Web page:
Important media headlines for October 3rd:
Bottom Line: These are the stories you don't want to miss (but probably would if I didn't find them for you).
Why Did the Islamic State Claim the Las Vegas Shooting? Graeme Wood, The Atlantic
Excerpt: The idea that the Islamic State simply scans the news in search of mass killings, then sends out press releases in hope of stealing glory, is false. Amaq may learn details of the attacks from mainstream media—and often gets those details wrong, also like mainstream media—but its claim of credit typically flows from an Amaq-specific source. As the facts emerge, we’ll see whether this killing spree ends up reminding us to take Amaq seriously, or demonstrating that its standards have slipped beyond recovery.
The author of this story does a credible job depicting how ISIS doesn't have a history of making false claims in the aftermath of attacks save one attack in the Philippines this past June. An initial ISIS claim that particular attack at a casino in the Philippines was later determined not to be an ISIS related attack. If this becomes the second, it may actually indicate that ISIS is desperate as much progress has been made in combating the terror group in recent months. That would serve as your silver lining in this otherwise horrible news cycle.
The Slow Death of the NFL? Derek Hunter, Townhall
Excerpt: I’m done. HGTV was my refuge. Watching a marathon of real people get their houses remodeled was much more entertaining than watching pampered millionaires wrestle in taxpayer-funded stadiums while disrespecting the national anthem and the American flag.
It has evolved from an organization that fined Jim McMahon for writing messages on his headbands to one that ignored players perpetuating the lie of “hands up, don’t shoot.” From blocking the Dallas Cowboys from honoring five police officers who were murdered by a militant racist inspired by anti-police activists to ignoring Colin Kaepernick wearing socks portraying police as pigs. It seemed like a league held hostage by Kaepernick’s racism; in fear of being called racist itself. Now it’s an enabler of ignorance.
Brilliantly stated. I cited it last week and I'll mention it again. I believe September 24th will live in infamy as a day that will cost the NFL billions in time. This time is different. The demographics of the average NFL fan are an awful lot like those who serve(d) this country in the military. Are supportive of their local police and even (gasp) would have been far more likely to vote for Donald Trump than Hillary Clinton or Colin Kaepernick (the average NFL fan is 54 year old white man).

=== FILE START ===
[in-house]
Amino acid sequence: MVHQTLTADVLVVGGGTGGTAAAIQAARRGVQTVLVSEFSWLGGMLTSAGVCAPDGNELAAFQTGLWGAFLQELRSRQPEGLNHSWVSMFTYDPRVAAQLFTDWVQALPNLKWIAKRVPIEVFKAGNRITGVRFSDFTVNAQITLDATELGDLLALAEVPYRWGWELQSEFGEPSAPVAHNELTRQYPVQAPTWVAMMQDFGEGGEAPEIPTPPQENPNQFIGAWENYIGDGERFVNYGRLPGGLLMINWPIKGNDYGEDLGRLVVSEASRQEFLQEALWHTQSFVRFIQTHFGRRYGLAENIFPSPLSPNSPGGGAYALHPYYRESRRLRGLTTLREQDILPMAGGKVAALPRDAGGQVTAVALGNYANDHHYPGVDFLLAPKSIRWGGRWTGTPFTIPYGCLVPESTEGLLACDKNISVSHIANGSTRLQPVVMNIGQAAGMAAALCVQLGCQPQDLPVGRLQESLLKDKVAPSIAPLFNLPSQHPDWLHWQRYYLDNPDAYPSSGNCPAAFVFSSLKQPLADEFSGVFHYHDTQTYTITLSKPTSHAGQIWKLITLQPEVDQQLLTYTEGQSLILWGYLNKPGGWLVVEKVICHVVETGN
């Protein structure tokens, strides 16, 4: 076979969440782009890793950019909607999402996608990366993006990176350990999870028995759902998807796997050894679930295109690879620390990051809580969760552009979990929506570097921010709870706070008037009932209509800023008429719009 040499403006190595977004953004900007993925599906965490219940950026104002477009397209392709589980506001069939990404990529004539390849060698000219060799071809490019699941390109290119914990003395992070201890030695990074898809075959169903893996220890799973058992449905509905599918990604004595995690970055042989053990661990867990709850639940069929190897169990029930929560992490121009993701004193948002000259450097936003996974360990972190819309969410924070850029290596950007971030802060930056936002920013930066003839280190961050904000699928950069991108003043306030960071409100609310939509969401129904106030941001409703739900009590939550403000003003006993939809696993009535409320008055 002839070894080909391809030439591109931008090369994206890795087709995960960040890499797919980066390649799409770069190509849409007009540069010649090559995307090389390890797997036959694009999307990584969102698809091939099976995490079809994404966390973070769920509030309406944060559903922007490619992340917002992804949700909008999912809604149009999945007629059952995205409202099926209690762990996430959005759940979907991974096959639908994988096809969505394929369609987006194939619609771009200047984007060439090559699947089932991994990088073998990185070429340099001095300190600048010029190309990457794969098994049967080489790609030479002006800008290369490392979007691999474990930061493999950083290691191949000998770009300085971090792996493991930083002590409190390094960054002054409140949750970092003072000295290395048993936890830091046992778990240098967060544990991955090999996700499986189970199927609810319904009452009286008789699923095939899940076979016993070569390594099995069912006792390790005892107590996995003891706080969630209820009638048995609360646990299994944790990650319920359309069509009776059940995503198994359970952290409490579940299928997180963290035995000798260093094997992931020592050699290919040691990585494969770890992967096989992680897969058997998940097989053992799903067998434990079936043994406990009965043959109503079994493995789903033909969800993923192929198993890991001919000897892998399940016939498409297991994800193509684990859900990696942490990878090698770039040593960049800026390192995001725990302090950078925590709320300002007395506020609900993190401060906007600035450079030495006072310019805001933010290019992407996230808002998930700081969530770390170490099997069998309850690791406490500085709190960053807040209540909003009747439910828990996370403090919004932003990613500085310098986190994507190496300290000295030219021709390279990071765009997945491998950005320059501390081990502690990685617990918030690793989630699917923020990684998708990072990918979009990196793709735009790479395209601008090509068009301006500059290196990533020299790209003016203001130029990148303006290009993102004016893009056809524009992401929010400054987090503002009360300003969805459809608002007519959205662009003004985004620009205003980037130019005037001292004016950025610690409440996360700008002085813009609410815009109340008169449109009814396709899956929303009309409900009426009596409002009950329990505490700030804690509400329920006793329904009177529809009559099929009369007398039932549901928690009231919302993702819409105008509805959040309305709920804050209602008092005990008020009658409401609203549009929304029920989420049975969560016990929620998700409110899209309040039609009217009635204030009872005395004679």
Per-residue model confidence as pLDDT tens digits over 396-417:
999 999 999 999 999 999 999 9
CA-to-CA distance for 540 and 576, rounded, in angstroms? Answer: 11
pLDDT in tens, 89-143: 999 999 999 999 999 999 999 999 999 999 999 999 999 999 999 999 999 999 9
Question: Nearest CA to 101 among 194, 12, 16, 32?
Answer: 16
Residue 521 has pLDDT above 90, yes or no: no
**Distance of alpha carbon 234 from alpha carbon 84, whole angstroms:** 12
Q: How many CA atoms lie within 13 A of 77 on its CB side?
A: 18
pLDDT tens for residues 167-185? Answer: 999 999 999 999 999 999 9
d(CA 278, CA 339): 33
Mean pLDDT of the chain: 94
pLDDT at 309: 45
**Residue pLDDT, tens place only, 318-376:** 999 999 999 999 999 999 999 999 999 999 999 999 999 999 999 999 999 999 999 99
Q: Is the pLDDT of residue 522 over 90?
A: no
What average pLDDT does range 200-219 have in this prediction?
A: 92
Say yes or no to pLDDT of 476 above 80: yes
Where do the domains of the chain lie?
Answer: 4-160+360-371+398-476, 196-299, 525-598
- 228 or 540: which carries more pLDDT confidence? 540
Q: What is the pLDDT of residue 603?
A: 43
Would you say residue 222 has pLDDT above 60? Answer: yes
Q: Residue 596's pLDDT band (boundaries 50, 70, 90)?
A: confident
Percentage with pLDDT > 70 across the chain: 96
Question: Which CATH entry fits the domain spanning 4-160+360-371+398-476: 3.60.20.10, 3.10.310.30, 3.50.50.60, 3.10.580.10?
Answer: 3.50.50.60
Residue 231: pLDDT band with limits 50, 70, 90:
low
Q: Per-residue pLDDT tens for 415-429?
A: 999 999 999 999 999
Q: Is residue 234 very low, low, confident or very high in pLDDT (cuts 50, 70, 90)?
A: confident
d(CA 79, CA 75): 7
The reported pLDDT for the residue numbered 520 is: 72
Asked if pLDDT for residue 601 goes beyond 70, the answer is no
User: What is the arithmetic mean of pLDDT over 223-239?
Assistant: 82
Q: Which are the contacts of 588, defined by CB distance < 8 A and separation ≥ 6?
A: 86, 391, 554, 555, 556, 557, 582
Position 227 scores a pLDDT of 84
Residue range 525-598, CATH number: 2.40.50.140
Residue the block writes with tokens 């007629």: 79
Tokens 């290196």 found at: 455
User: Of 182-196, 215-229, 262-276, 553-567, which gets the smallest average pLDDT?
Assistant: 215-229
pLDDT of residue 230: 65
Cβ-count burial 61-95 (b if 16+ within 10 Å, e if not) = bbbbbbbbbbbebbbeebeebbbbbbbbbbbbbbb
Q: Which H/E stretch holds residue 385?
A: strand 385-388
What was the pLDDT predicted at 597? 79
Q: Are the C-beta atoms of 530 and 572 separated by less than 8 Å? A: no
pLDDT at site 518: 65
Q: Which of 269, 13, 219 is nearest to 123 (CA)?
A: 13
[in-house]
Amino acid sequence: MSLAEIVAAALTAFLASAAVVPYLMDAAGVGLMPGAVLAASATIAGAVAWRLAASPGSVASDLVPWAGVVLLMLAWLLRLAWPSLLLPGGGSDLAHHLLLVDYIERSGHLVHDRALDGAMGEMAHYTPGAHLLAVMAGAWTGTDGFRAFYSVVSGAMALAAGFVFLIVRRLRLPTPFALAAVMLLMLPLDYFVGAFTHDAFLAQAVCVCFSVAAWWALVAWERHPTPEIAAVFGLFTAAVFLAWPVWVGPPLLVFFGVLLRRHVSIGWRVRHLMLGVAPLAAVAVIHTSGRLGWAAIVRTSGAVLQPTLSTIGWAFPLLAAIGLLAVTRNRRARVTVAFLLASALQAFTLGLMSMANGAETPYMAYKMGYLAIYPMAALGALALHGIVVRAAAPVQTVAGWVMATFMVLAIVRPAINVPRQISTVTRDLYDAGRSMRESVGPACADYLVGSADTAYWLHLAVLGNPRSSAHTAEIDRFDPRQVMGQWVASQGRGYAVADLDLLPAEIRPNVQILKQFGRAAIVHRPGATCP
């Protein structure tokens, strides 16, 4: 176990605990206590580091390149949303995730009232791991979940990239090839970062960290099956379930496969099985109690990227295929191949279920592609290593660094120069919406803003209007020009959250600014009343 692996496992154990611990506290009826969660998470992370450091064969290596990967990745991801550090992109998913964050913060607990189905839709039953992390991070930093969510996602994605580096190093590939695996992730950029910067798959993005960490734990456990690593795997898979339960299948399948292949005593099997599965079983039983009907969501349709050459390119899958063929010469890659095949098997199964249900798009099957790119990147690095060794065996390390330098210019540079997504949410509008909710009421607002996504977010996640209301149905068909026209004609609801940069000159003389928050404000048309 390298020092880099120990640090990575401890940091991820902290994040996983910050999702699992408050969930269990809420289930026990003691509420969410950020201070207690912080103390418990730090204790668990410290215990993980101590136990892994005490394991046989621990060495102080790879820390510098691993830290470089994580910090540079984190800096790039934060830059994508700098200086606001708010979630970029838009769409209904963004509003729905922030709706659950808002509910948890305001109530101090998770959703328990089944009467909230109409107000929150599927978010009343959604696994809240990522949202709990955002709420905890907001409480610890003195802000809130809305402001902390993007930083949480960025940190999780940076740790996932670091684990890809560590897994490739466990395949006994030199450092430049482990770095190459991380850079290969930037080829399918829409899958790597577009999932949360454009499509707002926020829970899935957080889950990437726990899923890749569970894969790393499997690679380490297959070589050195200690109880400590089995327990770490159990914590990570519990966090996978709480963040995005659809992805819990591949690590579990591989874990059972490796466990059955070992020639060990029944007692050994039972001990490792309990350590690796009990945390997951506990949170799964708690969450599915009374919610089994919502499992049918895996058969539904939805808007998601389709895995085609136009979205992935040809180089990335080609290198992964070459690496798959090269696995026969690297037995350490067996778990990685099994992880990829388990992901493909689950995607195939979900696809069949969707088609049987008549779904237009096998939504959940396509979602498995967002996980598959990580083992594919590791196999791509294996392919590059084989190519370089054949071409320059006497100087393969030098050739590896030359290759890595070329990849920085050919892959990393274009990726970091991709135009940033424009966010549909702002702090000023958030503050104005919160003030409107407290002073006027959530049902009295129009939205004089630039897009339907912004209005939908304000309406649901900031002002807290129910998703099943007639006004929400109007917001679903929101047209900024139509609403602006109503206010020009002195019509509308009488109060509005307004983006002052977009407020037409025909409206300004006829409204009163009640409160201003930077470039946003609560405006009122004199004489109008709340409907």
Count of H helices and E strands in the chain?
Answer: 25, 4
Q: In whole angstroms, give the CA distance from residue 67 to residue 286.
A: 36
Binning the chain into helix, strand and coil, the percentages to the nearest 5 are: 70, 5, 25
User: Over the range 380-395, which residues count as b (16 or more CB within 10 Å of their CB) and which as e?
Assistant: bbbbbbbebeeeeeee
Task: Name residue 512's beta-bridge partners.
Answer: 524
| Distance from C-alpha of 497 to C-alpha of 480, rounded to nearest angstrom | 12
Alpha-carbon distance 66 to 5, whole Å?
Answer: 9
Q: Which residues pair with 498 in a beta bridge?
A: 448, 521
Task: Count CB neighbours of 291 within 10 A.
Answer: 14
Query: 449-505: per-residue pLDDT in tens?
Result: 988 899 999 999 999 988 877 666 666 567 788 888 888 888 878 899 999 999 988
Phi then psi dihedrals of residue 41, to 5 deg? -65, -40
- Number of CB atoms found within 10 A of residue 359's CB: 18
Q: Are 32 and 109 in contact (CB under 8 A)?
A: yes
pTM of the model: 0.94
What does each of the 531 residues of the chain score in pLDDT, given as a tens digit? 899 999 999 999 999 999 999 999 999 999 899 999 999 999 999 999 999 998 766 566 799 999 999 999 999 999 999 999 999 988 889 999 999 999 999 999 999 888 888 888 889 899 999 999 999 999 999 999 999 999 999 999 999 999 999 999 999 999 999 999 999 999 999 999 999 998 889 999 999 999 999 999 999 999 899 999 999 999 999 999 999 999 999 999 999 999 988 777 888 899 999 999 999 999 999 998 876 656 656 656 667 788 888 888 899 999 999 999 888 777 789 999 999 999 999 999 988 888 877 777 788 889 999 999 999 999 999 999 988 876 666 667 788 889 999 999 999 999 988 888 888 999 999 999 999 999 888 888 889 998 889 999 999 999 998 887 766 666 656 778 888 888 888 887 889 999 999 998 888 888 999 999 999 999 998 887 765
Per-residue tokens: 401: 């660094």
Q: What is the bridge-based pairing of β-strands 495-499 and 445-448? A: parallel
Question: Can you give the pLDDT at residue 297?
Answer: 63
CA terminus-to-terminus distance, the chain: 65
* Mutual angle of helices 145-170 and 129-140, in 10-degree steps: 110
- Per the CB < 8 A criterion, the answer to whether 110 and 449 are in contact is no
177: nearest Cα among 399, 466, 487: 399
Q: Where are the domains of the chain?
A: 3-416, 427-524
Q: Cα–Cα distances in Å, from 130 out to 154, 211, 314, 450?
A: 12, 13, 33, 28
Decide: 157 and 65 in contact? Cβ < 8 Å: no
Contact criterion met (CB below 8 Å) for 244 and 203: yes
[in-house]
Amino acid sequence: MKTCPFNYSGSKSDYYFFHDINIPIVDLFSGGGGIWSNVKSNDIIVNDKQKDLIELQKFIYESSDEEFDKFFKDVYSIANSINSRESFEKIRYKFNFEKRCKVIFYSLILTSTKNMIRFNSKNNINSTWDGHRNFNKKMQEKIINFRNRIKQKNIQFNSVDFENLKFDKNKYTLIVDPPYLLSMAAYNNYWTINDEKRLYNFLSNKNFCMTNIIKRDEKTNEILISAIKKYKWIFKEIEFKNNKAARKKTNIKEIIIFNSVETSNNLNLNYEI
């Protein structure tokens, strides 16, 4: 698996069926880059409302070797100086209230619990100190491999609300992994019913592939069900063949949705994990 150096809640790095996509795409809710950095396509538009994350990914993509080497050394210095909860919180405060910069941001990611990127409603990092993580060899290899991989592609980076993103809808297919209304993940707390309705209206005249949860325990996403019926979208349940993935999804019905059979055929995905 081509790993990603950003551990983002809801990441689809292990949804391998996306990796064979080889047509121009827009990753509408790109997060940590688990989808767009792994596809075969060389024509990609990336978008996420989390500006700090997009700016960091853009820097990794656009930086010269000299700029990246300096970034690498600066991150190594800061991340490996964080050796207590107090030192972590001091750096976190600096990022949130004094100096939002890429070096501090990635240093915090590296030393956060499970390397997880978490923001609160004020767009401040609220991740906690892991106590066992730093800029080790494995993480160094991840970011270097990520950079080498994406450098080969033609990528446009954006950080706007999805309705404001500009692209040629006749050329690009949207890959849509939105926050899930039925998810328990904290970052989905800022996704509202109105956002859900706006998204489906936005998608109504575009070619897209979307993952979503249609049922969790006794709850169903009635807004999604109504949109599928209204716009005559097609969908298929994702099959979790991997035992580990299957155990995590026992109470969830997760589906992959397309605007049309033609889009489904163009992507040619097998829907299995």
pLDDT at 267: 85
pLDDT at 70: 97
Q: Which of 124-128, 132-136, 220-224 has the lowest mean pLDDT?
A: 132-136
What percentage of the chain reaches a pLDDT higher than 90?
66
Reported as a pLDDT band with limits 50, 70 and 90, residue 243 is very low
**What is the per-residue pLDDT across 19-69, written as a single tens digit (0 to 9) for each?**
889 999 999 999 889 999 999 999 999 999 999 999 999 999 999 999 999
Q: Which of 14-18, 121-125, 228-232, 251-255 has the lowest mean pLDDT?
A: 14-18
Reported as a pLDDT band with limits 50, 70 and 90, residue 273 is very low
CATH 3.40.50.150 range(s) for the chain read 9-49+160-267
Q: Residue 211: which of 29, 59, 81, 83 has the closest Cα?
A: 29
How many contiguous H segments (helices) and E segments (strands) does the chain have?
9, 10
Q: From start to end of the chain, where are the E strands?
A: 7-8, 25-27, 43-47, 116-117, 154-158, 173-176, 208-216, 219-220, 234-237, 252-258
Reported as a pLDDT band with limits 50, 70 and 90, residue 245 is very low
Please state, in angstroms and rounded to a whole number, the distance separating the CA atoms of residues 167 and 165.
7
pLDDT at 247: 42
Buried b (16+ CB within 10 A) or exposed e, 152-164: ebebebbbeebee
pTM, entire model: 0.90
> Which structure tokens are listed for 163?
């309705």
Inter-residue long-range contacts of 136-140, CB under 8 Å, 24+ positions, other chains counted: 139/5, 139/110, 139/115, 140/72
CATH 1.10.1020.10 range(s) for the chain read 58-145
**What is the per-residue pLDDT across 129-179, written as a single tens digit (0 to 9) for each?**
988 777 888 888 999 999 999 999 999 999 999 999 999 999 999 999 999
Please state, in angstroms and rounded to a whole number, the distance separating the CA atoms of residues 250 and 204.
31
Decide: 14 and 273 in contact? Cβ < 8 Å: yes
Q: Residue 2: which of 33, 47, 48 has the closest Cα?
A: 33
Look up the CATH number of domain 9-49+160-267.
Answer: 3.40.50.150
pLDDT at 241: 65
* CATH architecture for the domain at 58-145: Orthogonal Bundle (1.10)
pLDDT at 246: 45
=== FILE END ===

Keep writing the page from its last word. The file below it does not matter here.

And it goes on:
Stop Politicizing Mass Shootings David Harsanyi, The Federalist
Excerpt: There are generally two kinds of social media reactions to heart-wrenching events like yesterday’s mass shooting in Las Vegas: one is to offer prayers and sympathy to the victims and their families, and the other is to reflexively lash out in anger at those who don’t share your political agenda. Although emotionally satisfying, one of these responses makes it nearly impossible for the country to engage in any kind of useful discussion moving forward.
No doubt, there is immense frustration after a mass shooting, and this looks to be the most deadly in American history. The unstated reality is that many of these murders probably can’t be stopped. Attempting to preemptively discern which of our neighbors are ideologically driven or mentally capable of committing mass murder is no more feasible than trying to keep every one of the 350 million guns in the country away from them.
Maybe Paddock evaded or abused some gun law. Maybe it can be tightened. But those who reflexively call for more restrictive gun laws without even knowing how or why Paddock got his hands on guns — or what kind of firearms he used — give themselves away. Those who conflate automatic and semi-automatic guns also give themselves away.
I find it alarming when we don't even know the facts of a case and the immediate reaction is a political one. It's disgusting and unbecoming. Imagine if our legal system were as irresponsible as to not consider facts before rendering outcomes.